Saturday, September 28, 2013

This Lesson Cost Me $1

Zero product property today, only the students don't know that yet.

For them, its a game-show-style guess-the-number game.

I want a fun prize for the winner, but all I can come up with is a couple of quarters. That will have to do.

Before class, I write a bunch of numbers on this board and cover them with index cards. I'll even give a hint about the first two.

The students are totally into it . . . 2! . . . 3! . . . 6! . . . 1! . . . 

Someone decides to try negatives . . .  -1! . . . -2! 

Finally, someone else tries 0.5. . . Fancy. But wrong.

I let this go on for a bit.

Then I break the bad news. Sorry guys. It was 6000 and 1/1000. Better luck in round 2.

And there are more guesses . . . 1! . . .  -1!  . . . 12!

Someone is on to me . . . "Guys, this could be ANYTHING!" 

So you give up? It was 58 and 1/58. Okay, on to round 3.

At this point I am expecting all hands to go up. In a perfect world, everyone would want to guess zero! Right? Wrong.

That's where I am surprised. One lonely hand goes up . . . Zero? He asks hesitantly. My first two examples raised enough skepticism that students are sure there must be a catch.

This isn't how it worked in my head but that is okay. I can adjust.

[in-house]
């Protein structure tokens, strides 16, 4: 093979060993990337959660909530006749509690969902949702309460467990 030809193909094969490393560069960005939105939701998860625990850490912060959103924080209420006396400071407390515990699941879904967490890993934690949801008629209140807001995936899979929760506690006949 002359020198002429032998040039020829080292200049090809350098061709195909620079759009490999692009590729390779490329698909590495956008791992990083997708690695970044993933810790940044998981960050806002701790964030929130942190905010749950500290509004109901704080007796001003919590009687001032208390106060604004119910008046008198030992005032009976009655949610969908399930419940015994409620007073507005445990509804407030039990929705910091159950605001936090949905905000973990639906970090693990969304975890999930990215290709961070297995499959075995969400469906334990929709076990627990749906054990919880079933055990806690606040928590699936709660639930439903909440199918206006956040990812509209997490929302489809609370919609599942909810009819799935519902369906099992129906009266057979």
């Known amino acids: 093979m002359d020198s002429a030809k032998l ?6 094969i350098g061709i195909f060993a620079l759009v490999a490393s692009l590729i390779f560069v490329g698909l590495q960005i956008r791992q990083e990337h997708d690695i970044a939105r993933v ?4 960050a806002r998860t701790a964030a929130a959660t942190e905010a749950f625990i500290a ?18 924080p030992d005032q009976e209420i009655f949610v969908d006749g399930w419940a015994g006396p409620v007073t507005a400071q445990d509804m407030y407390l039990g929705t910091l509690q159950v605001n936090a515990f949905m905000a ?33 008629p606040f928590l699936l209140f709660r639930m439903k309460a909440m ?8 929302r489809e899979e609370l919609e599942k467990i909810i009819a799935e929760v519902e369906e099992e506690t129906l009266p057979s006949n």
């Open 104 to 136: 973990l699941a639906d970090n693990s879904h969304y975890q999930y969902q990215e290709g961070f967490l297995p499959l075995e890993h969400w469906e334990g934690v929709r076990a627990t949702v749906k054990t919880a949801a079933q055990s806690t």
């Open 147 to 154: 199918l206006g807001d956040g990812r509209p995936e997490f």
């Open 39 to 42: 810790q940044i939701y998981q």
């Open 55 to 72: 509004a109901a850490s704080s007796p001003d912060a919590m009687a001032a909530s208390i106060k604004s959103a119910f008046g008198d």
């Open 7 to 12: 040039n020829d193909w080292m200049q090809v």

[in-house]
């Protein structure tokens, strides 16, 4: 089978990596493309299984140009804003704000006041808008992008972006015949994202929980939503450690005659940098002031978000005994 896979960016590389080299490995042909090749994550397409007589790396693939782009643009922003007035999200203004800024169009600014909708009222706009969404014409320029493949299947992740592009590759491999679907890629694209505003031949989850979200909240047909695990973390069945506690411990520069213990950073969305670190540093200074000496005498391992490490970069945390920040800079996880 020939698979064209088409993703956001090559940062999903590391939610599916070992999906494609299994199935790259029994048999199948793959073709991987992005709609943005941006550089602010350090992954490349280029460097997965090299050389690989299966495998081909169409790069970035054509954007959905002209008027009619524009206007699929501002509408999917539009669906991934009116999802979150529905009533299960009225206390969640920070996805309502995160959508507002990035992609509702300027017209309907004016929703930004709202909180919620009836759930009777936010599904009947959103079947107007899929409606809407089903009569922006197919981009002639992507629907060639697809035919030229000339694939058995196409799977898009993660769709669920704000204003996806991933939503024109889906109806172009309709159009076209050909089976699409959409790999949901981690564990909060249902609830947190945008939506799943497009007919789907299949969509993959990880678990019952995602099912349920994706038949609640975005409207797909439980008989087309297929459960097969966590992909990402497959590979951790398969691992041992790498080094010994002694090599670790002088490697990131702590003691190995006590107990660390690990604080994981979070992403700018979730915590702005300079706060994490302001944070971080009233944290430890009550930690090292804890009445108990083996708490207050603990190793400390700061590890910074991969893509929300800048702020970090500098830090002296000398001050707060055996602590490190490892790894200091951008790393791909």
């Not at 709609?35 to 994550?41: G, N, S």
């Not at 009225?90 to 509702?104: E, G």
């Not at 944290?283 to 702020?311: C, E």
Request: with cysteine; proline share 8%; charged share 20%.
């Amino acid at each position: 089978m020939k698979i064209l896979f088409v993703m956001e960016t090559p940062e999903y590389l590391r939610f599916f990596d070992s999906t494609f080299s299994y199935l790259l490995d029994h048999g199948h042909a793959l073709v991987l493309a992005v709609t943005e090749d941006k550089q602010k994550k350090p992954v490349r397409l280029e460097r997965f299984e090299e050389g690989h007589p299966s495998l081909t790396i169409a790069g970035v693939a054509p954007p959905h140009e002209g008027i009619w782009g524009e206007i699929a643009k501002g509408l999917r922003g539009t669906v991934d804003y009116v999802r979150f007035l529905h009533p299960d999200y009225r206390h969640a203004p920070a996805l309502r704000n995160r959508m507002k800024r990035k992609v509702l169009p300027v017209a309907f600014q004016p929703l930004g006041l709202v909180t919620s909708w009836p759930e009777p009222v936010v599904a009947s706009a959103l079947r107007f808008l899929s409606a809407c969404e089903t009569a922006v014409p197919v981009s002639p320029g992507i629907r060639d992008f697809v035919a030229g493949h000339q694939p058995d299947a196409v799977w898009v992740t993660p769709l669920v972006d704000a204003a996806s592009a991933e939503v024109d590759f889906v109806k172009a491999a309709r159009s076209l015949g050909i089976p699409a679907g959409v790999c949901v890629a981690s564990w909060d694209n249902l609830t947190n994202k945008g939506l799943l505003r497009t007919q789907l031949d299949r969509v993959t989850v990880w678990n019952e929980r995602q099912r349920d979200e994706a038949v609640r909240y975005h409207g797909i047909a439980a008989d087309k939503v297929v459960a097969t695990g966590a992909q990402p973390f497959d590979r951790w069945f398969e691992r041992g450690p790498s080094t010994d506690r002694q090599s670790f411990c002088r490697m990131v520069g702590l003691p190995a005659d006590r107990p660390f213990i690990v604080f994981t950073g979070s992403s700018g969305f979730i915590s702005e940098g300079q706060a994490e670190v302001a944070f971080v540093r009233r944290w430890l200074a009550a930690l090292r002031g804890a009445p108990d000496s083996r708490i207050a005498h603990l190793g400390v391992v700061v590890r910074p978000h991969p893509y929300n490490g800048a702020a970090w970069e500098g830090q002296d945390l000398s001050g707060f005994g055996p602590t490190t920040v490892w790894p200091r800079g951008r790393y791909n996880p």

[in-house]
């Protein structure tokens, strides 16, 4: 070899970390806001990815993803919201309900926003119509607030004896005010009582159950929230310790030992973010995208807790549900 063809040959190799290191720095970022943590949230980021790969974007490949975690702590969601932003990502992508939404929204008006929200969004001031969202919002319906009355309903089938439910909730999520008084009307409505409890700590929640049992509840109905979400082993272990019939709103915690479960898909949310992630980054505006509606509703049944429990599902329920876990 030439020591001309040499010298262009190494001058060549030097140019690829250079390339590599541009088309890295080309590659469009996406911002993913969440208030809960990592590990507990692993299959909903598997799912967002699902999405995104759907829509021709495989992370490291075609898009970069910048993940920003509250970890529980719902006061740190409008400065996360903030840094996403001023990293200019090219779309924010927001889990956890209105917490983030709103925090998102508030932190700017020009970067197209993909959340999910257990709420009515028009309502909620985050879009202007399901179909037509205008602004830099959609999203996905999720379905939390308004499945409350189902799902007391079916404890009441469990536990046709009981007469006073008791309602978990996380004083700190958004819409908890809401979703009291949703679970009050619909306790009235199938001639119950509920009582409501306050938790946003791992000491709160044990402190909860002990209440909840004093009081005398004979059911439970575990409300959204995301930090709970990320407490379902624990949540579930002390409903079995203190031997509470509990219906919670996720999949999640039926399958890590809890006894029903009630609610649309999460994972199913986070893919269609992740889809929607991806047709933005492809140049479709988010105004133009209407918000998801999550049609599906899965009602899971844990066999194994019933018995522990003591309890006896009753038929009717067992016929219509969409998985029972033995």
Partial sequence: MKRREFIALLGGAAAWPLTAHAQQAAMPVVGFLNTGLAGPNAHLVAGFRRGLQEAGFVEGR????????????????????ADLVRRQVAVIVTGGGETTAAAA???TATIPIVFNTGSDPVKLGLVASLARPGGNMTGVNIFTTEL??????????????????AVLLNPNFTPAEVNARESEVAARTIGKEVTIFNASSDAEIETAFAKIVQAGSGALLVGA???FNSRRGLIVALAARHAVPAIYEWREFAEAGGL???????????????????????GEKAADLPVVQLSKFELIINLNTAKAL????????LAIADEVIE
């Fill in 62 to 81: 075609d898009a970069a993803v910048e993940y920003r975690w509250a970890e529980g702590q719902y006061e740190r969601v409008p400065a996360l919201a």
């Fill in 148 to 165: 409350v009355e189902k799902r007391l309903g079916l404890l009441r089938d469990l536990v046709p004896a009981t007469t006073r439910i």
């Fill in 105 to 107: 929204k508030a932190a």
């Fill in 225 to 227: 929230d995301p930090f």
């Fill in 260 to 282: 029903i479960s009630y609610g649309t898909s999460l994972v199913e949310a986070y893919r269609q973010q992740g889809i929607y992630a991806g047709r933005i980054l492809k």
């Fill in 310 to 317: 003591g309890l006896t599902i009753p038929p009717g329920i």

Is Tyler right? Can we know for sure that one of the numbers is zero? Discuss at your tables. 

I walk around and listen and most seem to be figuring it out. Someone suggests 5 and -5 but quickly realizes that won't work. For those who aren't convinced, I challenge them to come up with a number other than zero that will work.

We conclude that Tyler is right and move on to the final round.


 Not exactly. I tricked you this time by using variables. But tell me what you know . . . 

"x minus 3 or x plus 2 equals zero". 

Yep. That is all.

P.S. Next time I am giving everyone a white board to write down their guesses for each round. I had a lot of participation, but definitely regret that I didn't get a response from every single student.


  1. What a great idea! I wonder how to adapt it to grammar????

    1. If anyone can figure that out, it is you Mrs. E!

  2. I loved the first question the most actually. I think I'm going to use this to intro a couple properties in my Honors class, but questions like that first one would be great for some place value/powers of 10 stuff. We're going into some number sense in Algebra 1 next and I am going to try it with that as well. Great idea, thanks!

    1. I am happy that you can take this little idea and adapt it for your classroom. Thanks for reading!

  3. This is a great idea for teaching other properties too! I can't wait to try it with my students. I have one of those fancy SMART boards, that I honestly don't use for much besides a projection screen for my document camera. But this idea is rich enough mathematically to do a little prep and set up on the SMART board. I think having the students write their guesses on a whiteboard is a great idea. I also think I will have the students "Turn and Talk" to their partner about why those chose the numbers they chose to get some justifying worked in there. Thanks for the great idea!

    1. Hi Diana, thanks for reading! I hadn't thought about using this for other properties but of course you could. Good luck using this in your classroom!